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man, nakai is the absolute villain in this manga. He's just too gross and pathetic. Even Nanamine is grossed out by this character.
I wanna see Hiramaru get really motivated this time, even if it's just so he can impress Aiko.
About Nanamine, I'm expecting a turn-around. Either he'll realize he's wrong and will become a true-blue mangaka, or try to be an assistant, or something else. That is, if his manga will get axed and be creamed by PCP. By the looks of it, Ashirogi will crush his manga like they said. I have no problems with it being too swift a battle but because of the speed, there must be some twist to Nanamine that we won't be expecting.
Its true that his downfall went fast but at the same time i dont think I would have enjoyed it as much if it was spread over 3-4 chapter of seeing him fall in the rank every week...it has much more impact this way cause we see that there was no way this idea would ever have worked
This is Hiramaru we're talking about. Fatalism is his drive, happiness his poison. He only writes good manga when utterly depressed.Originally Posted by baboysai
I can totally expect Yoshida to do his damnest to make his life miserable heheh.
Doesn't change the fact that all the other editors check/approve the storyboards before proceeding.(Well, except Yujiro with Eiji at the beginning where it was mentioned that Yujiro is a shitty editor by Fukuda)
An editor can do whatever the heck he wants. The artist is an employee to the editor(through the magazine) and assuming the editor in chief backs the editor up, there's nothing the artist can do. The artist's contract likely says the artist is only paid when the pages are "accepted" by the editor. I don't even know what you're arguing about. We've seen tons of scenes with Hattori looking over Ashirogi's storyboard and giving them the OK! Or there's the scene with Nakai bitching that Aida gave the okay on an Aoki storyboard that was shitty. If editors don't have the final say, the artists could cause problems for the magazine. Then again... Kubo's editor approves pages that have no art on them! Wonder if Kubo still gets his $5000 or so for those pages?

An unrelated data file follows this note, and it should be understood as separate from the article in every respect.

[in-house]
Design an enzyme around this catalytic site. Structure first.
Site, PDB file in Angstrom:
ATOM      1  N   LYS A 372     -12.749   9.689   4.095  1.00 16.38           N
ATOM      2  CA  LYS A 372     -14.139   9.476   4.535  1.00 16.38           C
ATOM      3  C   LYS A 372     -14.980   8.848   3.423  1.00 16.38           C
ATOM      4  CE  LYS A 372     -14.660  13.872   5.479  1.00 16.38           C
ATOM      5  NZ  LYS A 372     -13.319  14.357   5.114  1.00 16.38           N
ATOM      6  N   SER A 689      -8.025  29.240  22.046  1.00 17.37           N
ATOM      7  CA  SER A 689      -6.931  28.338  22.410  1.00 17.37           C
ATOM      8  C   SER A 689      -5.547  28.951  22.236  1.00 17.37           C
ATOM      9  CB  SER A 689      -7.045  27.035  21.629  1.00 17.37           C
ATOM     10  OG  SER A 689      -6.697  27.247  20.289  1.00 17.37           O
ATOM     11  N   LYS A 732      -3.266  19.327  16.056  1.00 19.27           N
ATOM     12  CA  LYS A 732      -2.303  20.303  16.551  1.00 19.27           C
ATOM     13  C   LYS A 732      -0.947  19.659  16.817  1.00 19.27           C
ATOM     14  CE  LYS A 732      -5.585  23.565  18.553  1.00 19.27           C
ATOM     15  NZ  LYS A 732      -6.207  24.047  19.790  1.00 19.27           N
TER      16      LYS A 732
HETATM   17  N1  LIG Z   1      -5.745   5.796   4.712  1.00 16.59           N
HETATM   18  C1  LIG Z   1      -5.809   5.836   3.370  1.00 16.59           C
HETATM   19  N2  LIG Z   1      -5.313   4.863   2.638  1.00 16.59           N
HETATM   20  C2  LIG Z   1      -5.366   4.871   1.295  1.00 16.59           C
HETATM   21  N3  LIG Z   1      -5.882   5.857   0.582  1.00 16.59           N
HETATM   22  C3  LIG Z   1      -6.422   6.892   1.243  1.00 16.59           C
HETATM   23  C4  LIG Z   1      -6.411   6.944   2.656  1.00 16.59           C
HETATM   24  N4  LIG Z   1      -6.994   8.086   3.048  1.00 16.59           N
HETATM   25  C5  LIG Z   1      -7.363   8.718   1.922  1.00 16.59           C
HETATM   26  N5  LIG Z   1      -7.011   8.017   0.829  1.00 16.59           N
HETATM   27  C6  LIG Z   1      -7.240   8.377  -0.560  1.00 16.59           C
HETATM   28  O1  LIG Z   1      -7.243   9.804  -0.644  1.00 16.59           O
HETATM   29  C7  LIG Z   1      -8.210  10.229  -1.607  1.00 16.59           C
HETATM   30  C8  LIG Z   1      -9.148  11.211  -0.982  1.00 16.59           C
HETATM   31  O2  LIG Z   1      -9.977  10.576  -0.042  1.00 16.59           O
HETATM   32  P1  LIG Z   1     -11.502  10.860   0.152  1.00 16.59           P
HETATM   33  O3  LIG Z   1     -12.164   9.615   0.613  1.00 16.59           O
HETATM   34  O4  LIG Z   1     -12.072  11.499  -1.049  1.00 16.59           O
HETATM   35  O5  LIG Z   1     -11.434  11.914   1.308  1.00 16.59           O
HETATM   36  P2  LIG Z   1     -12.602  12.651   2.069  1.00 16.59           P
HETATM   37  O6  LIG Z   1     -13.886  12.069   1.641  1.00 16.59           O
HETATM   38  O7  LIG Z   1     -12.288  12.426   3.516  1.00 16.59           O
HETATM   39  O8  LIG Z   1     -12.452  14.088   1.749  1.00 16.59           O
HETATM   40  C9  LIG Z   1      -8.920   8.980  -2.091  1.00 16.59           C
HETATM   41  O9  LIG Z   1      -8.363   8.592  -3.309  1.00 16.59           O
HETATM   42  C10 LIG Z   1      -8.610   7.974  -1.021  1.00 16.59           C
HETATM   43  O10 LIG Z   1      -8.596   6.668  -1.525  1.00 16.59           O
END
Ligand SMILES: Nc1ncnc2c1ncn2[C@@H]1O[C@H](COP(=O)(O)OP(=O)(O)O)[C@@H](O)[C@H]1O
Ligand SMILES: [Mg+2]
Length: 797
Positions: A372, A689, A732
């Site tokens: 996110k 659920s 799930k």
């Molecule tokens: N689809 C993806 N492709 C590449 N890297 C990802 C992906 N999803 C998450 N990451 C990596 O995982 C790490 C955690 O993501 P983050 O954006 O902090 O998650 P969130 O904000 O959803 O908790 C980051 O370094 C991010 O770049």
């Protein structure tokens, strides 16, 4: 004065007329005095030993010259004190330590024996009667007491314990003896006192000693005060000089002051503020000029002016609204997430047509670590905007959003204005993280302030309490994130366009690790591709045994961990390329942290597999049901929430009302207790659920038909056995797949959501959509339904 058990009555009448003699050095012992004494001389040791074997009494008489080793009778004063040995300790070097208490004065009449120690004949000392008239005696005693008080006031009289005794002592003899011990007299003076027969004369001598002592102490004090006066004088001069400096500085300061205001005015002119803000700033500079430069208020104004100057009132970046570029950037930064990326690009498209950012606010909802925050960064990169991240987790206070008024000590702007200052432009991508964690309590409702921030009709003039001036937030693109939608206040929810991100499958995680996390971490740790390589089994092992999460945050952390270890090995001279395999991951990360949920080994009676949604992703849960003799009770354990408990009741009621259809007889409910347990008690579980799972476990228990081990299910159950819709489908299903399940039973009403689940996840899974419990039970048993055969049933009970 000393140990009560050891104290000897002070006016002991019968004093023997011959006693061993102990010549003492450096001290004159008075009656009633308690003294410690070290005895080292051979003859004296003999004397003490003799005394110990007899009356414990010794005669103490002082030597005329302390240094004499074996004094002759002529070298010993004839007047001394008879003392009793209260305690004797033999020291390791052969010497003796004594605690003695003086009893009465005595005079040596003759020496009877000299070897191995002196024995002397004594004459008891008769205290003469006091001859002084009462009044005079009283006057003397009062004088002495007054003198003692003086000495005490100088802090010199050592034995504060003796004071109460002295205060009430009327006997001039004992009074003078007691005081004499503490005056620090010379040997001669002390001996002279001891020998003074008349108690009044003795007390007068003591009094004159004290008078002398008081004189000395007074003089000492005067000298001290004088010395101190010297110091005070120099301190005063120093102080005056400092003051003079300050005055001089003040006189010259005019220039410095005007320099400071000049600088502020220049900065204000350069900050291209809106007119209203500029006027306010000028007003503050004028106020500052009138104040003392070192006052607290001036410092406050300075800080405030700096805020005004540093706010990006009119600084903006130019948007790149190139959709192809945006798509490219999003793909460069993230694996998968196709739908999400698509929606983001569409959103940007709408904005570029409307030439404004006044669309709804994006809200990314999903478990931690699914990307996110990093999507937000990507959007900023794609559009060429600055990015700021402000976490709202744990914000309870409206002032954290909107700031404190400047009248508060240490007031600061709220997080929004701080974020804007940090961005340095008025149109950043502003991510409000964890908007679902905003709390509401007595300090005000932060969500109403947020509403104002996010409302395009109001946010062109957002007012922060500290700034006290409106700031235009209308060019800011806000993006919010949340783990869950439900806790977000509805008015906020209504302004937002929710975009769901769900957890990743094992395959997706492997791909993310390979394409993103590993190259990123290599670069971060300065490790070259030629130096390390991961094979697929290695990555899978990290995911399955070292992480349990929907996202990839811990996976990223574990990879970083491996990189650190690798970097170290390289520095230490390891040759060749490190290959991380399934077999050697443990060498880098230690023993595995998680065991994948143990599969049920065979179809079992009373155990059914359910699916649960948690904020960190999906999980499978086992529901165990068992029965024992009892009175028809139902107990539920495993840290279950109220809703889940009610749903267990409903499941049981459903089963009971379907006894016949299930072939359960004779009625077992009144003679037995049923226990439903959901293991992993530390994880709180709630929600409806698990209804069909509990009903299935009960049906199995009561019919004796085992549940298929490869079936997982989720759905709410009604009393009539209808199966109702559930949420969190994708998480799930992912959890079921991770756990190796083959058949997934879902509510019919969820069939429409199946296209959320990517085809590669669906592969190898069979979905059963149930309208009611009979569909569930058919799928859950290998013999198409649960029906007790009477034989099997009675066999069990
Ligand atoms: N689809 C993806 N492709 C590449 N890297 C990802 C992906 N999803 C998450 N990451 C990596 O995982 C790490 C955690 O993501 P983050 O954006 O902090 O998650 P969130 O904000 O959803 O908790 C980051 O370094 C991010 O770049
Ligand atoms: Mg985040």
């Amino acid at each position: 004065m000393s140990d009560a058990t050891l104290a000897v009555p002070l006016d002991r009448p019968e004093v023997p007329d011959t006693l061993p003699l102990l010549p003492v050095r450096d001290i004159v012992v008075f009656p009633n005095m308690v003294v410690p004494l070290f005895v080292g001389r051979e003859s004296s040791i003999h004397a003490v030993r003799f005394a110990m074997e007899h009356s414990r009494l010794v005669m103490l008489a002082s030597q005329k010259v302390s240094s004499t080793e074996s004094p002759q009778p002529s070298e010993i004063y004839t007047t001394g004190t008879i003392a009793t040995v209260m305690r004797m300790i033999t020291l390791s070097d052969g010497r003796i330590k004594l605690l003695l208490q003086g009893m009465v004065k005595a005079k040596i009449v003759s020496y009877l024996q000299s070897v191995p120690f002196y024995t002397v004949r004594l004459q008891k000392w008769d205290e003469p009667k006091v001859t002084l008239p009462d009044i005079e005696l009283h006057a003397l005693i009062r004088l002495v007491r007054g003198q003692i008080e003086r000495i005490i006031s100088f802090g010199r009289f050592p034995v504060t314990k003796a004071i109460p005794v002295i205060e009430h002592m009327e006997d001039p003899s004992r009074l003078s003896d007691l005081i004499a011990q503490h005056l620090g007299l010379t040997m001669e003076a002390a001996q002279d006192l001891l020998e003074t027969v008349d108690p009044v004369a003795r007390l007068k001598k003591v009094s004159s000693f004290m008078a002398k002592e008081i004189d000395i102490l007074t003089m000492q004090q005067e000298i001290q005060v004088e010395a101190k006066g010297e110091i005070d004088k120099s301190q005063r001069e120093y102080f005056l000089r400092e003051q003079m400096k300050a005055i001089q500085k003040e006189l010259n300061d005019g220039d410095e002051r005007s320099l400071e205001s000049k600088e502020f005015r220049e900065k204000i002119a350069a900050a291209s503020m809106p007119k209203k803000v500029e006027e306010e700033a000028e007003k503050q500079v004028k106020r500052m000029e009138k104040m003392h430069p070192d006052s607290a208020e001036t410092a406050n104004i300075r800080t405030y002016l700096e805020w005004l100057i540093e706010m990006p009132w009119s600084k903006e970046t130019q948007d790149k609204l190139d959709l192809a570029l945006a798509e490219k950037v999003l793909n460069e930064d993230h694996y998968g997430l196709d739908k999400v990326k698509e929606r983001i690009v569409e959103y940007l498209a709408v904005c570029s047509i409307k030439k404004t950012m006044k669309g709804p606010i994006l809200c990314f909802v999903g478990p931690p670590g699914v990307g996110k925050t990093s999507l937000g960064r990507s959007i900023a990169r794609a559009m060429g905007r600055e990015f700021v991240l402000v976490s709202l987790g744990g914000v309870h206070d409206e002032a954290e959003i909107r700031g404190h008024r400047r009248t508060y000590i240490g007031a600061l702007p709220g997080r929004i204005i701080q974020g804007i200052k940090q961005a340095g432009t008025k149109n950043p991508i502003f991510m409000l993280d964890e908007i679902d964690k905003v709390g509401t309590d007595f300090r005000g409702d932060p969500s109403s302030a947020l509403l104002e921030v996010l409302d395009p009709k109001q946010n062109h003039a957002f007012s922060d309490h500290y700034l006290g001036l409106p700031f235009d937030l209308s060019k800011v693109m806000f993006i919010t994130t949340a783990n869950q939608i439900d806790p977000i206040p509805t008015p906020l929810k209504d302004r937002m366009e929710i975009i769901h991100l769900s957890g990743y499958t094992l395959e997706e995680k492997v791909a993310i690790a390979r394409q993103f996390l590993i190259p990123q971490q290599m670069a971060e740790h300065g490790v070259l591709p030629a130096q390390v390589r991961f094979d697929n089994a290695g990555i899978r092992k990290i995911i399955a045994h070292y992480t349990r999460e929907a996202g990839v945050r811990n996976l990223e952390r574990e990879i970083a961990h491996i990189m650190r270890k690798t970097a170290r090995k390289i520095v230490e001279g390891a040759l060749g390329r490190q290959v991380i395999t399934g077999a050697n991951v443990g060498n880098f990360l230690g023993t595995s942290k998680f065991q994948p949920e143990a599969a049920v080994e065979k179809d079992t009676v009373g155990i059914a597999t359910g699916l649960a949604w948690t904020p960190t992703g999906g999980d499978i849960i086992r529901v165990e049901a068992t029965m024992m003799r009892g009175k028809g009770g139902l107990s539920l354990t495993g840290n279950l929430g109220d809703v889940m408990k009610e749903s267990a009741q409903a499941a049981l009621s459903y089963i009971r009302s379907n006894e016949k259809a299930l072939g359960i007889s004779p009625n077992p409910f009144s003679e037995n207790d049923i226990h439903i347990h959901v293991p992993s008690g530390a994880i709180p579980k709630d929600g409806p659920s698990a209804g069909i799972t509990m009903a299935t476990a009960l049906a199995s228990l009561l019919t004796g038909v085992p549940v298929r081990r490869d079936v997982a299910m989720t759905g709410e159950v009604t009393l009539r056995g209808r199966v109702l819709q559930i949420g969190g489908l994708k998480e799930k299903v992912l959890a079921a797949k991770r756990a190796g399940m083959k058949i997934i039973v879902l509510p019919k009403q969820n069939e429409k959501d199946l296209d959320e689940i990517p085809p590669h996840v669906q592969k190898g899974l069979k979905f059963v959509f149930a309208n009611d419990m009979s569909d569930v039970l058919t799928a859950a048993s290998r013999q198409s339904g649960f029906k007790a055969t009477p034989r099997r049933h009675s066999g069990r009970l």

my back in the day is 15 years ago when i first got into anime and manga. as far as animes go, the best example of the arcs/fights that dragged on forever is dbz. if you want a more recent example, in naruto the 'second arc' where they end up fighting zabuza and haku, lasted from chapter 9 to chapter 33; the last fight between the groups went from chapter 22 to chapter 33... however you have a fight more recent, danzo vs madara then sasuke which only lasted from chapter 475 to chapter 481. that's pretty much half the amount of time a fight goes for in the manga now compared to when it started over 10 years ago. this shortening of arcs and battles has happened to all shounen jump series. i haven't read enough other magazines to know how the pace has changed.
as for an editor pulling a 'i have the last say' on a series, it's no different than a teacher or parent telling a child this. it's not that they are being bossy, but as the more knowledgable/experienced and are merely trying to make sure that things are being done the right way or with good quality. a teacher who doesn't teach is a bad teacher, a parent that doesn't raise their child is a poor parent, an editor that doesn't do anything other than turn in a manuscript without editing (with the author) isn't an editor.